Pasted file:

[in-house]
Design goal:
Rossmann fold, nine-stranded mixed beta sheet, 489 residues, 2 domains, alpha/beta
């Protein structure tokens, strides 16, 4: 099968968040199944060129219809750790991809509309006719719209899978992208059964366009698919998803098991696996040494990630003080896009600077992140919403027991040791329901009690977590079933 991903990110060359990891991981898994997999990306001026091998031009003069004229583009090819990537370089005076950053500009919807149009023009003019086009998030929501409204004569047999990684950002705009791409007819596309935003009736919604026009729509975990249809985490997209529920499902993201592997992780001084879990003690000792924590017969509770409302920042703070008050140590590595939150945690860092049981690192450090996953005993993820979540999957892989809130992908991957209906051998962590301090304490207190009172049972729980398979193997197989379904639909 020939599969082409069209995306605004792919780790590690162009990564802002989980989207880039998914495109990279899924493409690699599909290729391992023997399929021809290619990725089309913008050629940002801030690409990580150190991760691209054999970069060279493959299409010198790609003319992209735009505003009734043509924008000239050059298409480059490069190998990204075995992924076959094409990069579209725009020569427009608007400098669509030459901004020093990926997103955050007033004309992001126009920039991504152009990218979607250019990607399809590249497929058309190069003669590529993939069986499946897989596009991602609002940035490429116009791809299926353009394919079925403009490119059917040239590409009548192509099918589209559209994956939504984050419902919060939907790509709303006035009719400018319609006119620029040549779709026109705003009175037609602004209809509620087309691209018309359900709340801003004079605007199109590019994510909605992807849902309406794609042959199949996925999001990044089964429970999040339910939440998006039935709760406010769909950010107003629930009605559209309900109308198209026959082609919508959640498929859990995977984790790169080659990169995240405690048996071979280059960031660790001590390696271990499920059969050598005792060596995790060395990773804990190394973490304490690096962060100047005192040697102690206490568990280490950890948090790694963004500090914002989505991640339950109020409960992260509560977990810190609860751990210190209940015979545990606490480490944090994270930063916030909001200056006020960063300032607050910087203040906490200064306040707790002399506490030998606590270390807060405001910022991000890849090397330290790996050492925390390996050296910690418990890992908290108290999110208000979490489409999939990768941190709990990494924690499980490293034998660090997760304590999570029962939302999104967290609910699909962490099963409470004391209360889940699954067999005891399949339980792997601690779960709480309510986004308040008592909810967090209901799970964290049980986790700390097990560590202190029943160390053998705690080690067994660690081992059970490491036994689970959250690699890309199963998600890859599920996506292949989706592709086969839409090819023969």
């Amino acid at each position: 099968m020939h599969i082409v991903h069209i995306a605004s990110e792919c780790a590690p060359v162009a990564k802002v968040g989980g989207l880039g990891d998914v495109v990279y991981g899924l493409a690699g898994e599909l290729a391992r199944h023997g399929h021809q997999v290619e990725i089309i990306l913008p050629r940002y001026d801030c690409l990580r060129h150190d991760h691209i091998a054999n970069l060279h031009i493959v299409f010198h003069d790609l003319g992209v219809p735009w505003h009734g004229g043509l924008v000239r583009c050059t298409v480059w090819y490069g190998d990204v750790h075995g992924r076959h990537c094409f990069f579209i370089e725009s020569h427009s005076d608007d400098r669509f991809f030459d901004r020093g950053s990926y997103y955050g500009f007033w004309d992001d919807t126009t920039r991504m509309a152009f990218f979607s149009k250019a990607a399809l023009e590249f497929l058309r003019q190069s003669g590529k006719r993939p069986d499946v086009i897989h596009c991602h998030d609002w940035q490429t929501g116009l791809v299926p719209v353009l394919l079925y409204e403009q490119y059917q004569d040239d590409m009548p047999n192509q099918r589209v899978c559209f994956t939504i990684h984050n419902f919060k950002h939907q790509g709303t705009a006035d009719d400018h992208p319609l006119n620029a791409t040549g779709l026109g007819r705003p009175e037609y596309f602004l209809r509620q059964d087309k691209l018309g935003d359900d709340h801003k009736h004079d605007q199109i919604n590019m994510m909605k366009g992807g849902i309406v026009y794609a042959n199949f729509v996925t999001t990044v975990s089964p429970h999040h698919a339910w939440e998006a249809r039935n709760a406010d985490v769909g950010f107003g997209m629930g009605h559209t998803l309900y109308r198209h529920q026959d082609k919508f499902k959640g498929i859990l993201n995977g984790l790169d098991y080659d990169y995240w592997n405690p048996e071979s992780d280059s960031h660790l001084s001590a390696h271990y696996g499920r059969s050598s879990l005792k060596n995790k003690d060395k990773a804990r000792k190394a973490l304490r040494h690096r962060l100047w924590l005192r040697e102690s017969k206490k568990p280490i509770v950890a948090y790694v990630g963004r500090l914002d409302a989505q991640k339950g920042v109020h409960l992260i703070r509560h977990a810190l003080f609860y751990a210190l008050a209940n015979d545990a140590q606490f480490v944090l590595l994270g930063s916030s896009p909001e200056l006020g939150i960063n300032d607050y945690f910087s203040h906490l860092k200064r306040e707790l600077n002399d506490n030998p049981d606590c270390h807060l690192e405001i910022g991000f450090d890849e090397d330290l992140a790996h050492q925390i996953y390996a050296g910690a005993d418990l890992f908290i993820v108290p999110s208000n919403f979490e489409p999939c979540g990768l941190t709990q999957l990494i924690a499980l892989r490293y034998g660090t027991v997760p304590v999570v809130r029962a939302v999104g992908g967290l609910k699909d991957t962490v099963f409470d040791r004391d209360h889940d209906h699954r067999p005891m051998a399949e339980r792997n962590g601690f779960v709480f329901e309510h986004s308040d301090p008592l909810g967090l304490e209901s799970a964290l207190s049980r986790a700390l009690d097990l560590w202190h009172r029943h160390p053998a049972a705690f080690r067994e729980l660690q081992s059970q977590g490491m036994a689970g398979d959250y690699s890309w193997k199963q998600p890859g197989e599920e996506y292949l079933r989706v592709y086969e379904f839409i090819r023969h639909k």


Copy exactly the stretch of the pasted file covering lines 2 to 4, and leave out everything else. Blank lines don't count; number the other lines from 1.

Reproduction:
Design goal:
Rossmann fold, nine-stranded mixed beta sheet, 489 residues, 2 domains, alpha/beta
């Protein structure tokens, strides 16, 4: 099968968040199944060129219809750790991809509309006719719209899978992208059964366009698919998803098991696996040494990630003080896009600077992140919403027991040791329901009690977590079933 991903990110060359990891991981898994997999990306001026091998031009003069004229583009090819990537370089005076950053500009919807149009023009003019086009998030929501409204004569047999990684950002705009791409007819596309935003009736919604026009729509975990249809985490997209529920499902993201592997992780001084879990003690000792924590017969509770409302920042703070008050140590590595939150945690860092049981690192450090996953005993993820979540999957892989809130992908991957209906051998962590301090304490207190009172049972729980398979193997197989379904639909 020939599969082409069209995306605004792919780790590690162009990564802002989980989207880039998914495109990279899924493409690699599909290729391992023997399929021809290619990725089309913008050629940002801030690409990580150190991760691209054999970069060279493959299409010198790609003319992209735009505003009734043509924008000239050059298409480059490069190998990204075995992924076959094409990069579209725009020569427009608007400098669509030459901004020093990926997103955050007033004309992001126009920039991504152009990218979607250019990607399809590249497929058309190069003669590529993939069986499946897989596009991602609002940035490429116009791809299926353009394919079925403009490119059917040239590409009548192509099918589209559209994956939504984050419902919060939907790509709303006035009719400018319609006119620029040549779709026109705003009175037609602004209809509620087309691209018309359900709340801003004079605007199109590019994510909605992807849902309406794609042959199949996925999001990044089964429970999040339910939440998006039935709760406010769909950010107003629930009605559209309900109308198209026959082609919508959640498929859990995977984790790169080659990169995240405690048996071979280059960031660790001590390696271990499920059969050598005792060596995790060395990773804990190394973490304490690096962060100047005192040697102690206490568990280490950890948090790694963004500090914002989505991640339950109020409960992260509560977990810190609860751990210190209940015979545990606490480490944090994270930063916030909001200056006020960063300032607050910087203040906490200064306040707790002399506490030998606590270390807060405001910022991000890849090397330290790996050492925390390996050296910690418990890992908290108290999110208000979490489409999939990768941190709990990494924690499980490293034998660090997760304590999570029962939302999104967290609910699909962490099963409470004391209360889940699954067999005891399949339980792997601690779960709480309510986004308040008592909810967090209901799970964290049980986790700390097990560590202190029943160390053998705690080690067994660690081992059970490491036994689970959250690699890309199963998600890859599920996506292949989706592709086969839409090819023969």